Confession: I think I internet too much

I want to use technology when I have a purpose to, and I want to be intentional about the times when I am simply enjoying my surroundings without a red notification dot in sight. ?

Confession: I think I internet too much

If I’m being completely honest, I think I internet too much.


I say this because sometimes I find myself mindlessly scrolling through Facebook or Instagram or some app on my phone like I am some sort of zombie. When I finally snap out of it, I wonder to myself— “What the heck am I doing? There is literally no point to anything I am doing right this second.”

Sometimes I’m “relaxing” at night after the kids are asleep watching a show on our television with my laptop opened on doing work stuff and my phone in my hand scrolling social media or texting somebody. And I all of the sudden realize—

“Wait. I’m not relaxing at all. I am fully engaged in many things.”

Sometimes I’m trying to find a document or a site on my desktop or browser and it takes me so long to find it because I have 75 tabs open and my laptop is running as slow as molasses and I want to snap my laptop and also want to close all the tabs but I can’t close all the tabs because my brain won’t remember all the things that are in all the tabs. So I stop myself from having a meltdown and think to myself—

“Take a minute and walk away. You need your laptop for work. You cannot snap it. Settle down, woman.”

Sometimes I’m playing with my kids or we’re chatting and I interrupt this time because I need to write back to an email or answer a text from a friend so I don’t forget or to take a picture on my phone. And, honestly, I understand and am okay with the fact that there will be times when I am working but my children are around me playing and I need to be engaged in technology. But when I am trying to be intentional about spending time with my kids, I do not need to be multitasking. I’ve realized—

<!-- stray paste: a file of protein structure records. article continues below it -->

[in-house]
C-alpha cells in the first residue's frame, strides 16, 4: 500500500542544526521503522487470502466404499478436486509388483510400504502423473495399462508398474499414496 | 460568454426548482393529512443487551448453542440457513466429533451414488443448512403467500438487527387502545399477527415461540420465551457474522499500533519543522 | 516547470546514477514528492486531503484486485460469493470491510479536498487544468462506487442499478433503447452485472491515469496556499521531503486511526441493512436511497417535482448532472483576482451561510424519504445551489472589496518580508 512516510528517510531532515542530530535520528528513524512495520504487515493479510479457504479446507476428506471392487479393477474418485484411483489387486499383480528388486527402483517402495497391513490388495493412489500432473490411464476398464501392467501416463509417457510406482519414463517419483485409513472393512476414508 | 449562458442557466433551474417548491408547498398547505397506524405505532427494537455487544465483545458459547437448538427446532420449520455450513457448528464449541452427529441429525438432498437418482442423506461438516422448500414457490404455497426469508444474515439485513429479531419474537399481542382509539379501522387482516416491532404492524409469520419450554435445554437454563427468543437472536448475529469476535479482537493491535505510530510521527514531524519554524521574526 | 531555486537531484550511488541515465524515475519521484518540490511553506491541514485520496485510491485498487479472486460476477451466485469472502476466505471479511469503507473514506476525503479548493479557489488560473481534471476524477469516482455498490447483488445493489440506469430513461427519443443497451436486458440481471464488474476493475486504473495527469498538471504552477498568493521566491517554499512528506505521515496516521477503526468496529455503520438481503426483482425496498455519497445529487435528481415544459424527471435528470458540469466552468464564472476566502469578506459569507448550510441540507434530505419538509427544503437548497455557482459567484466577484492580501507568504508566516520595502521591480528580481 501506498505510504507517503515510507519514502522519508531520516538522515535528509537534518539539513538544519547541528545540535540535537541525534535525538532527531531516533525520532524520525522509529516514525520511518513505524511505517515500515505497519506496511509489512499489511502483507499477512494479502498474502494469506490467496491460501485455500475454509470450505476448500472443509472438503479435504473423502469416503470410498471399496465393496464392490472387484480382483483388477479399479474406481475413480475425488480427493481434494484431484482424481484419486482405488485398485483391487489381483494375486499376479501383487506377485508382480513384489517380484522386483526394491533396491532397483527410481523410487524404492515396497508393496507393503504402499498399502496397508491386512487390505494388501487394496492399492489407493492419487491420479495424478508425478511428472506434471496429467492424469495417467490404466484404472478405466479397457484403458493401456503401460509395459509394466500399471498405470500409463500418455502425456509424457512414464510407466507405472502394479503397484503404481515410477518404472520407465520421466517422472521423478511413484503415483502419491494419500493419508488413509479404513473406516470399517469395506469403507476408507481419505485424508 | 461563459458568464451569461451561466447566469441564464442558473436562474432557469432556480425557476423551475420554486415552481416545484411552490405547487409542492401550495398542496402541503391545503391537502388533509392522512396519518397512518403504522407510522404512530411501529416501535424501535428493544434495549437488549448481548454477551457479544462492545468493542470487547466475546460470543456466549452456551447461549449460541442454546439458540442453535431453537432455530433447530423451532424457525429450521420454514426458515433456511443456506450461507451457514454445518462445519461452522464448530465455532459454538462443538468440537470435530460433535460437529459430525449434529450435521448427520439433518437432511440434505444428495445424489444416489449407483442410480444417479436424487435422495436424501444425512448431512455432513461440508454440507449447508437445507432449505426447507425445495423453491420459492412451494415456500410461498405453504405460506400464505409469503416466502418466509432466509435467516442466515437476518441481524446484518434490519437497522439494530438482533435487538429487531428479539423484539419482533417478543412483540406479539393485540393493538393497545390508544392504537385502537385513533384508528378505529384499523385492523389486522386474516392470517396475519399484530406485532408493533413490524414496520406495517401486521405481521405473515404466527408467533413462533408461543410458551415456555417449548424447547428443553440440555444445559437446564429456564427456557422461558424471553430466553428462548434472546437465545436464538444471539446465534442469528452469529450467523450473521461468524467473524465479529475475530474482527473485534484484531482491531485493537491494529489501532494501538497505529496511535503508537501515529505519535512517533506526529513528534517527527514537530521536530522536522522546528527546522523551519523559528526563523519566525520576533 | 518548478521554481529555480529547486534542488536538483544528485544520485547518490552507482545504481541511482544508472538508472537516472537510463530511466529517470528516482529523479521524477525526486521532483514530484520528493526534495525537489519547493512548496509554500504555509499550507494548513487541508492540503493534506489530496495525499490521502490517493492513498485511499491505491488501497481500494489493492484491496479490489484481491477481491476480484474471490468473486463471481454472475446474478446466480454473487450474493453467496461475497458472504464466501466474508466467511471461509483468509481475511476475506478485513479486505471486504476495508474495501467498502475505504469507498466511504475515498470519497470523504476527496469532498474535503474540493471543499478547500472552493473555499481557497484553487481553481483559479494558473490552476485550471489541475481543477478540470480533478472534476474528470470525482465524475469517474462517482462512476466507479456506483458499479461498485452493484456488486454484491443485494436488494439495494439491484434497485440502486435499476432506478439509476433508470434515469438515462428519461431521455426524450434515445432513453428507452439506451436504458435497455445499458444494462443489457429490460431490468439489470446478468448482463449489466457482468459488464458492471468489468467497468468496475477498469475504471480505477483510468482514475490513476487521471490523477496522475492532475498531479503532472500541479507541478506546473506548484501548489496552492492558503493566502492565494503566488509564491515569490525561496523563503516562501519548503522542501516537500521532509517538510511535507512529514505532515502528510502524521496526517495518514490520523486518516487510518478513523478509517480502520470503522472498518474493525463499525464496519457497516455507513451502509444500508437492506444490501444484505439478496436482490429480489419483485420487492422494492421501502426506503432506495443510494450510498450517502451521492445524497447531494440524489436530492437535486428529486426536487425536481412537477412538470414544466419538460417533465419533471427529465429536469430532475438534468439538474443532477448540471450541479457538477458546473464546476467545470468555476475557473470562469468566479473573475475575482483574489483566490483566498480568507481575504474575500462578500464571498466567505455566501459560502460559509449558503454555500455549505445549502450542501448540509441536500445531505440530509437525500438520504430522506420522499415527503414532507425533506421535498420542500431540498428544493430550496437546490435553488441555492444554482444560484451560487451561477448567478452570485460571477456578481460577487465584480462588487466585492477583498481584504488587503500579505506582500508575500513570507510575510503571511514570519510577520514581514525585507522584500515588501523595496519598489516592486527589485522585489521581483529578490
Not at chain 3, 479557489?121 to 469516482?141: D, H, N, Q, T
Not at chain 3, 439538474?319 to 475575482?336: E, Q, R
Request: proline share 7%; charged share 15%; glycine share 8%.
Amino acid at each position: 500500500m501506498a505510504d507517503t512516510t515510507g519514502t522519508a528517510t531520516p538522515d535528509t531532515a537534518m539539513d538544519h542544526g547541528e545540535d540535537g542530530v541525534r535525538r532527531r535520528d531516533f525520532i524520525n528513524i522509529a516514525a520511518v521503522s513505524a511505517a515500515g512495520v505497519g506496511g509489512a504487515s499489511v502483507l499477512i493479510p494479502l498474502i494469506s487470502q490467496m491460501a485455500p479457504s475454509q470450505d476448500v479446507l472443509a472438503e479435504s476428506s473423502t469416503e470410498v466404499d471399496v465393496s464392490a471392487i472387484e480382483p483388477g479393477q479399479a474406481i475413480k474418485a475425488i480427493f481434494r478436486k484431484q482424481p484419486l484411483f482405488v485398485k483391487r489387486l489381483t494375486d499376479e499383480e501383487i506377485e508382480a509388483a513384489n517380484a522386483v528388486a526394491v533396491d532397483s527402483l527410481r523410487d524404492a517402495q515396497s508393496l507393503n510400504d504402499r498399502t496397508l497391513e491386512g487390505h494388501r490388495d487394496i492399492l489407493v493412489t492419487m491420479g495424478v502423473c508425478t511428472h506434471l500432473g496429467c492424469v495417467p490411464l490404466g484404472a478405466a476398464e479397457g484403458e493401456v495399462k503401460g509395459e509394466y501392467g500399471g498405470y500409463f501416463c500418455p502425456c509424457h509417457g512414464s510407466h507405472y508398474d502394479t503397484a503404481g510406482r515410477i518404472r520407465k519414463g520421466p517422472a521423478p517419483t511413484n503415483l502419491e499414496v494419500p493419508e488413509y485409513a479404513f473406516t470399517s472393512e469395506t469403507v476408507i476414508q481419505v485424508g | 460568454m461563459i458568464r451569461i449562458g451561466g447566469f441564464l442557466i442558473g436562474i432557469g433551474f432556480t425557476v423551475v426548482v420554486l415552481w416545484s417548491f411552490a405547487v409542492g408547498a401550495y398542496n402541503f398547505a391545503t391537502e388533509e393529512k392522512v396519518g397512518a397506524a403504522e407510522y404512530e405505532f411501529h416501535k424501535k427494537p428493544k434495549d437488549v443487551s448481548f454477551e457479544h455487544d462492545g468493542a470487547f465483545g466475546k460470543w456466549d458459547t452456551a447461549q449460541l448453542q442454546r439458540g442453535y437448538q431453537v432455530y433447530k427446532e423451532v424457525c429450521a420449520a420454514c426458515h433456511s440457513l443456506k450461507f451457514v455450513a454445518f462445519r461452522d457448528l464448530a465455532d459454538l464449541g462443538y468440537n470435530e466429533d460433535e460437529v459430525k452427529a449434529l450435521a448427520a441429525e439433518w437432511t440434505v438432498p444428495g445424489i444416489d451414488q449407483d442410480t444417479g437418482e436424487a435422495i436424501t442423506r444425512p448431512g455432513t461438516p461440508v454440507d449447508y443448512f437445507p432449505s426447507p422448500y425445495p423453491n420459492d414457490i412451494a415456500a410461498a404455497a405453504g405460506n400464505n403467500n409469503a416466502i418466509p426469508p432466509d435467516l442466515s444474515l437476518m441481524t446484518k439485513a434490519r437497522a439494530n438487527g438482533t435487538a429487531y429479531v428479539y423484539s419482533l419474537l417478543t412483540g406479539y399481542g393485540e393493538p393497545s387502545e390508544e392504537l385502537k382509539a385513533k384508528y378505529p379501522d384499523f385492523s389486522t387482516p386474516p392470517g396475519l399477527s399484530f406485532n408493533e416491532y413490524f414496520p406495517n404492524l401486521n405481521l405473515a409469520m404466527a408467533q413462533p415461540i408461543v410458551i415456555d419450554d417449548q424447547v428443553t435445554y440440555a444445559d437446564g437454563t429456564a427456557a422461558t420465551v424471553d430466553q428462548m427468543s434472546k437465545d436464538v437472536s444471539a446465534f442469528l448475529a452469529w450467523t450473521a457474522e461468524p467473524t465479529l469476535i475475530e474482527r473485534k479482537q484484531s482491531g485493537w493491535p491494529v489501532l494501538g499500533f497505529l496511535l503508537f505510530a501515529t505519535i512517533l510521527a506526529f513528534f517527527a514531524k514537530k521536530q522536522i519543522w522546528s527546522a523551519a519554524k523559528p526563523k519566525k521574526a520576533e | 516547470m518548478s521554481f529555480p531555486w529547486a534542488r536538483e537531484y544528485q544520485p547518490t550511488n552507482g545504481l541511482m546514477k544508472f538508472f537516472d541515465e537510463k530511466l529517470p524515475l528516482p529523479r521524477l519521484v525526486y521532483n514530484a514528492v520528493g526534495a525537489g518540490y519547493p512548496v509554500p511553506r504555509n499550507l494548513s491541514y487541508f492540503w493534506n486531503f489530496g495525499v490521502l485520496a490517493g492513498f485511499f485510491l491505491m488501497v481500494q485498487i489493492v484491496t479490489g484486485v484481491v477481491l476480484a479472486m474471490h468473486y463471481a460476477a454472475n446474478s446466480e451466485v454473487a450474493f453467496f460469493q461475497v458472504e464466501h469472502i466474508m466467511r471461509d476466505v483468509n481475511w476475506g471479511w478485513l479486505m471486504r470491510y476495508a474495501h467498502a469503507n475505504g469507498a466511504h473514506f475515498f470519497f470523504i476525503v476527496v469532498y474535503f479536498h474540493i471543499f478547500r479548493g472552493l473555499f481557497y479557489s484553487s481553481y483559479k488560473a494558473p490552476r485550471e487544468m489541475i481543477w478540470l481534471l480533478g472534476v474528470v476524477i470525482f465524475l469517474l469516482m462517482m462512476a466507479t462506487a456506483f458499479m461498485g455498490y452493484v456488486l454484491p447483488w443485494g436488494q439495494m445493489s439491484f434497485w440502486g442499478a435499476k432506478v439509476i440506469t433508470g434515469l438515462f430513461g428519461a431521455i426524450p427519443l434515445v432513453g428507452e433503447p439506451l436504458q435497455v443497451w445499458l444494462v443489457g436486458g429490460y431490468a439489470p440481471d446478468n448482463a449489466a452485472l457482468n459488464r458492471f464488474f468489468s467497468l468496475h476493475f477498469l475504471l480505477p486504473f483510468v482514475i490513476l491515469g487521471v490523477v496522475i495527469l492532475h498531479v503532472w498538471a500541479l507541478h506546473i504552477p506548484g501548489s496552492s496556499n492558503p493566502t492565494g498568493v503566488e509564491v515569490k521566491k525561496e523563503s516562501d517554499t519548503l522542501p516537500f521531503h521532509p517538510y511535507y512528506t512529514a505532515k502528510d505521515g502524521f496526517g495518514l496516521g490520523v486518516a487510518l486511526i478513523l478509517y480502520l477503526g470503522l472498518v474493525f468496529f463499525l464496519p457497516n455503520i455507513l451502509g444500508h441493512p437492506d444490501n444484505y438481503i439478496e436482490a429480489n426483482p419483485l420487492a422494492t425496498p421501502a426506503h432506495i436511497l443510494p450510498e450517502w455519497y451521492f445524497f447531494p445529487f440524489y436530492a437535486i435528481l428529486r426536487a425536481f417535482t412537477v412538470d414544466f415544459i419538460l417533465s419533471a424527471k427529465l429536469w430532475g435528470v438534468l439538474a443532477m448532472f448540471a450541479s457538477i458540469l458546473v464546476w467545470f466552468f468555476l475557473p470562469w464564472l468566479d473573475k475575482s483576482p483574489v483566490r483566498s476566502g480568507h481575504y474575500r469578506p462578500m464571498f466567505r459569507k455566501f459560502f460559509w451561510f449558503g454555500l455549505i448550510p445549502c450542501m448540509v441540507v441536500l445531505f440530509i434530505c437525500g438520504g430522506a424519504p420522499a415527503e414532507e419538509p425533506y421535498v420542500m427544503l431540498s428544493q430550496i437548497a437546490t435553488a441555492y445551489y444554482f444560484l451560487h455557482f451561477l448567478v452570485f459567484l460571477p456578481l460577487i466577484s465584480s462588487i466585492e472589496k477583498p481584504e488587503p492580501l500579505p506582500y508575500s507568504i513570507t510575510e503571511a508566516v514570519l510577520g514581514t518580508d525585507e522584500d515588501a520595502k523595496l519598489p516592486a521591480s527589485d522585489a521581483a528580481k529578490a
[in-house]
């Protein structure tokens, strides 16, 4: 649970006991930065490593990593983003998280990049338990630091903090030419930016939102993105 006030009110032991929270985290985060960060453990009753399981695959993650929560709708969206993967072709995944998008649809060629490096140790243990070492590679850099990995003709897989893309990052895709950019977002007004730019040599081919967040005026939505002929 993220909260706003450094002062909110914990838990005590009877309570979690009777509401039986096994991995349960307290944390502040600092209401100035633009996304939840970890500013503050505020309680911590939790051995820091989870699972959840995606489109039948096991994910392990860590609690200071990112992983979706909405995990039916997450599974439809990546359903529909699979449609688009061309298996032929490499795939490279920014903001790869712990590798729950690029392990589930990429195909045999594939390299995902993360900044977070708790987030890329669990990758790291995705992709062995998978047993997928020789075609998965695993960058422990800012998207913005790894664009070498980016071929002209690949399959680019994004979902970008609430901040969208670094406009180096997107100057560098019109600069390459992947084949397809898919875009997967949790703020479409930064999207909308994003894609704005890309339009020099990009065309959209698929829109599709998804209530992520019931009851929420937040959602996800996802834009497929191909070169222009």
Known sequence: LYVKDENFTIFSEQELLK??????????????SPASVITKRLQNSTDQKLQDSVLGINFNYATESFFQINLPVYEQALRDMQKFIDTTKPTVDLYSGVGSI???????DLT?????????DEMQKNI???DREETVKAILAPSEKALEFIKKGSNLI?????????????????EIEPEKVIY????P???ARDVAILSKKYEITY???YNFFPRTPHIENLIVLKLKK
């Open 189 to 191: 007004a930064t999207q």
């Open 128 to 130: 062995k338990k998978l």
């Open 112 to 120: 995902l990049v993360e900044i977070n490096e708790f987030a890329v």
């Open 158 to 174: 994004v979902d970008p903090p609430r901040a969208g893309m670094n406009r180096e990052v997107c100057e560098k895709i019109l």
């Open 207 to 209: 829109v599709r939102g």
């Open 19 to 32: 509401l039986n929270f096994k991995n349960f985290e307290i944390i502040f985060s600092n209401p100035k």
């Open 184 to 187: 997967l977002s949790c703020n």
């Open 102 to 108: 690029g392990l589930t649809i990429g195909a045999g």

“I can be fully engaged with both—at different times, but not at the same time.”

Because there’s so much internetting and social media-ing and texting and alerting and notifying and emailing—and sometimes I just feel like I need a break. My brain needs a break. My eyes need a break.

There are too many distractions.

There is too much noise.

There are reasons why I get sucked into the black hole that is the world wide web, though. And I’ll tell you why.

It’s because I am an introverted person who likes to share my story by writing and posting on social media and I’m also a work-from-home stay-at-home mom and it’s sometimes lonely with just me and my two kids and I like to connect with the outside world and sometimes it’s easier to fill that void through the internet versus getting everyone ready to go to the park to chit chat with people I don’t know.

So, in my defense, there are (pretty) valid reasons I get sucked onto the web. For my job, for recipes for dinner, for googling random parenting questions I have, for connecting with friends and sometimes just for my entertainment/out of boredom.

But then there are days like today when I realize sometimes I go overboard with entering into this other universe. And it scares me because it seems to happen so mindlessly. I know I need to be more intentional about how much time I am dedicating to technology throughout the day. ?

Without technology, I wouldn’t have a job. I wouldn’t be able to call my mom and have a face-to-face conversation with her whenever I want. I wouldn’t be able to find out who sings the song playing on the radio right away. I wouldn’t be able to access important information and news in real-time.

Technology definitely has a purpose in my life. It will always have a place in my life. But I know I don’t have to be connected to the internet at all times of the day. It’s not healthy.

This all may sound simple and obvious and maybe even borderline millennial-mom-ridiculous, but in a world where a lot of us are connected all the time means it’s good to take the time to reflect on this stuff be intentional about figuring out some sort of a balance.

And like anything in life...admitting there’s a problem is the first step. ?

So, I’ve decided I’m going to slow down. To realize what I am doing in the moment.

I’ve put all my social media tabs in one folder on my phone that says, “Do you really have time for this right now?”I finally picked up the book I started a couple of months ago to read this afternoon. I added five books to my reading list. I made a pact with myself to silence my phone and stop looking at it once I get into bed.

I want to use technology when I have a purpose to, and I want to be intentional about the times when I am simply enjoying my surroundings without a red notification dot in sight. ?

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